In October 2018 Optus was staring down the barrel of a $10 million fine for misleading customers in relation to its third-party billing service.
The Federal Court has decided to hit Optus with that $10 million penalty for its treatment of customers who unknowingly purchased games, ringtones, and other digital content via its Direct Carrier Billing ('DCB') service.
The telco admitted to the federal court that it did mislead customers when it billed customers for digital content which they mistakenly or accidentally bought via the DCB service.
The $10 million penalty is one of the largest ever handed out by the Federal Court for this kind of corporate behaviour which affected more than 240,000 Optus customers.
During proceedings, Optus admitted that it did not make clear to customers that the DCB setting was turned on by default, and that they would be billed directly by Optus for any content bought through the service.
To make matters worse, the telco even admitted that it knew that customers were mistakenly purchasing content via the DCB service.
The Australian Competition and Consumer Commission chair Rod Sims says that Optus received over 600,000 enquiries about the service and that the telco did not put in place appropriate safeguards to prevent mistaken purchases from occurring.
"In many cases, Optus customers had no idea the were buying anything, and certainly did not need or want the content for which they were being charged," says Sims.
"Optus failed to take appropriate action, choosing instead to continue to charge customers and collect commissions on these sales, even after numerous complaints."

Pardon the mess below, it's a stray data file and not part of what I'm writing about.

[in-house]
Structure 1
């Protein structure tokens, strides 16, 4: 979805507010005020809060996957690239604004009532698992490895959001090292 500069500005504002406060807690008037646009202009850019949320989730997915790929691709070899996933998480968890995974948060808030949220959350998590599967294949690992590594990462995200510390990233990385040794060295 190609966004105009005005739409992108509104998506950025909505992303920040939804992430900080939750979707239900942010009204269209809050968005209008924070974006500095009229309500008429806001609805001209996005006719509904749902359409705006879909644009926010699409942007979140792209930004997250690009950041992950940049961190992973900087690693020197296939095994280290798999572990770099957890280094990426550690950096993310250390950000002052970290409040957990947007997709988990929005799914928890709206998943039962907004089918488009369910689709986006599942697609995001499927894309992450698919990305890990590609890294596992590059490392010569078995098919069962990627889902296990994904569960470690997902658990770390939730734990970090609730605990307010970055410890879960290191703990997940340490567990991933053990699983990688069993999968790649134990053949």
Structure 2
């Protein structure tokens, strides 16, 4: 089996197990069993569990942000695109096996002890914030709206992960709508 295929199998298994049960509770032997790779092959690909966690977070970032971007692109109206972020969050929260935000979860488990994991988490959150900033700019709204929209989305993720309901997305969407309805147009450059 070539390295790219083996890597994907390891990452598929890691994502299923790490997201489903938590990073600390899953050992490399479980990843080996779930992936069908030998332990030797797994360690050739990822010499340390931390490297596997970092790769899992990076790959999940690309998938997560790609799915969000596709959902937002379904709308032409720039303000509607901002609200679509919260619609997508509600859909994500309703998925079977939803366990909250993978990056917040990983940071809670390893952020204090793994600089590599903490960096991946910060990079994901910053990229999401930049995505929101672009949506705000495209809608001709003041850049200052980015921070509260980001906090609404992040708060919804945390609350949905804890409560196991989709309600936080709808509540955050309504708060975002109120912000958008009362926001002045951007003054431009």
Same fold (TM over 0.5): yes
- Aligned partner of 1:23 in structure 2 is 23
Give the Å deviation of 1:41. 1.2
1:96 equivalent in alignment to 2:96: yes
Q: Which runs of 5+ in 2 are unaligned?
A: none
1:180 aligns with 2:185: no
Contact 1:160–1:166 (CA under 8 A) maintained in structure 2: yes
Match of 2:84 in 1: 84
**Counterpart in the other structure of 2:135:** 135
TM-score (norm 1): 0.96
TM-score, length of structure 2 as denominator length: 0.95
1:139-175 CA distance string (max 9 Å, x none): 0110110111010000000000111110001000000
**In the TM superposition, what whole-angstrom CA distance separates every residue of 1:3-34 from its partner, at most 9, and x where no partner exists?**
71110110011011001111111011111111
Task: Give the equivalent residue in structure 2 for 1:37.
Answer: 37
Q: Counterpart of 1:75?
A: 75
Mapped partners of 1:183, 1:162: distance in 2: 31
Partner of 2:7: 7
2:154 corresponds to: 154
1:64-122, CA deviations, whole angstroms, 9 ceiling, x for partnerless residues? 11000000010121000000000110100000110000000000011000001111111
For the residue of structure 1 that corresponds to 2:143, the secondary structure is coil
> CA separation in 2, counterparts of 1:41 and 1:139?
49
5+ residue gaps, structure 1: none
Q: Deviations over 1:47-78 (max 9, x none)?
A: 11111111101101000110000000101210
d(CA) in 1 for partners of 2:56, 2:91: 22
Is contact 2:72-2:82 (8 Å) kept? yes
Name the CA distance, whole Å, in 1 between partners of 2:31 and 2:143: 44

The ACCC says that Optus has refunded around 240,000 customers around $8 million whilst third-party providers have refunded around $13 million.
According to the watchdog's investigation, Optus earned around $65.8 million in commissions for products sold through the DCB service, with customers charged $195 million for the content.
Back in May, the telco was slapped with a $1.5 million fine by the Federal Court for making misleading statements to its customers regarding their transition to the NBN.
The telco was ordered to pay up after it told 14,000 customers, between the dates of October 15 and March 17, that their services would be disconnected if they didn't move to the NBN.
The court found that Optus couldn't legally force disconnection within the timeframe that it claimed, under the terms of its own contract.
The ACCC's action against Optus follows similar proceedings against Telstra over its Premium Direct Billing (PDB) service, where it was ordered to pay $10 million in penalties.
Business News Australia
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